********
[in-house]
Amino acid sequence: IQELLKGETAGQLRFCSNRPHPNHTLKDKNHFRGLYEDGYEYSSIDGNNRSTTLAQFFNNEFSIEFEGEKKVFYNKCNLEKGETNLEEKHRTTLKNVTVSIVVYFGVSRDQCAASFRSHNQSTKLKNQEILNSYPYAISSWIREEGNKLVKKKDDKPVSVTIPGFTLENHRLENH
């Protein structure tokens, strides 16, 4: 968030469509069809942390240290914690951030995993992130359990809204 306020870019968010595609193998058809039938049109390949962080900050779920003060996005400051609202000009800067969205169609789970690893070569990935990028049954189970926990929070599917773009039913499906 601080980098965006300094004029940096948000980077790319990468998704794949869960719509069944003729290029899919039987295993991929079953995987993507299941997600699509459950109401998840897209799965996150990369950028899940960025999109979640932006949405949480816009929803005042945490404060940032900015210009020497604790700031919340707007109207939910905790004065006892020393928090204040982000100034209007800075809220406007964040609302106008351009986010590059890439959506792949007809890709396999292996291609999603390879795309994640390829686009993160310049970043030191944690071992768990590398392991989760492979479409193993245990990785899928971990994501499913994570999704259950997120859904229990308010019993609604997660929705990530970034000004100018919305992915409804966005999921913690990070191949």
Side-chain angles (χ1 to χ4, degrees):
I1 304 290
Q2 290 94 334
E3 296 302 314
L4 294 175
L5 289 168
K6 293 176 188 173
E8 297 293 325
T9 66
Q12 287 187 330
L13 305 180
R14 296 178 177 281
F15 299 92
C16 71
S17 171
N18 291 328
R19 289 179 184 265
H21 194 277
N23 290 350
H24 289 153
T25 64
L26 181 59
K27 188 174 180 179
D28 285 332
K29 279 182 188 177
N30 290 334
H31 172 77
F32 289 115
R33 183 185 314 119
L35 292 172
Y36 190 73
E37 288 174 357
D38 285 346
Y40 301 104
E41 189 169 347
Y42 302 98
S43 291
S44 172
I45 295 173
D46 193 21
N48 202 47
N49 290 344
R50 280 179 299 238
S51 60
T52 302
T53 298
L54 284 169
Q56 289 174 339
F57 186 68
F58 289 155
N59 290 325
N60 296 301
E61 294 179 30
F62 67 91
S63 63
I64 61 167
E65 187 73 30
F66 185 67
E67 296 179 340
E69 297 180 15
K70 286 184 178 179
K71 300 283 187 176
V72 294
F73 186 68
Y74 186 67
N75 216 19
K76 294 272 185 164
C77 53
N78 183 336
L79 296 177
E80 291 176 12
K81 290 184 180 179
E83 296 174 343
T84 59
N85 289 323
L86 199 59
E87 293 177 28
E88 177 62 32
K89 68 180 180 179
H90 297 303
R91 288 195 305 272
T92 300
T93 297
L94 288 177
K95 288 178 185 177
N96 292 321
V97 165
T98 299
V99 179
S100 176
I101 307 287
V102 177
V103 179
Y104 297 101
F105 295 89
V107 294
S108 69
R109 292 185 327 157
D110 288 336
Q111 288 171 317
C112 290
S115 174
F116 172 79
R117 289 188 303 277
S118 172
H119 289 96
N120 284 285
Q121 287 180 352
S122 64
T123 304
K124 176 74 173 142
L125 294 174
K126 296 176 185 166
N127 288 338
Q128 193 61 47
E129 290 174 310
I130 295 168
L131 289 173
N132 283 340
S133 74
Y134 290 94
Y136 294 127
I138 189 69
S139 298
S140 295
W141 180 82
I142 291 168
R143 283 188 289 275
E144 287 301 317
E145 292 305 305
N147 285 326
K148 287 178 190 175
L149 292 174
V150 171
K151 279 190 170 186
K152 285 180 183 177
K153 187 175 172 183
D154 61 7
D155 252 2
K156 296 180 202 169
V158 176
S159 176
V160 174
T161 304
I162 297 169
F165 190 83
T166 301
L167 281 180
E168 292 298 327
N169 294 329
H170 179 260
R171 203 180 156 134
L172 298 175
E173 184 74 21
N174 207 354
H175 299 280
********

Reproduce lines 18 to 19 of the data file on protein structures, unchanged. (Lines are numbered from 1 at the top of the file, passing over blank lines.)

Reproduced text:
S17 171
N18 291 328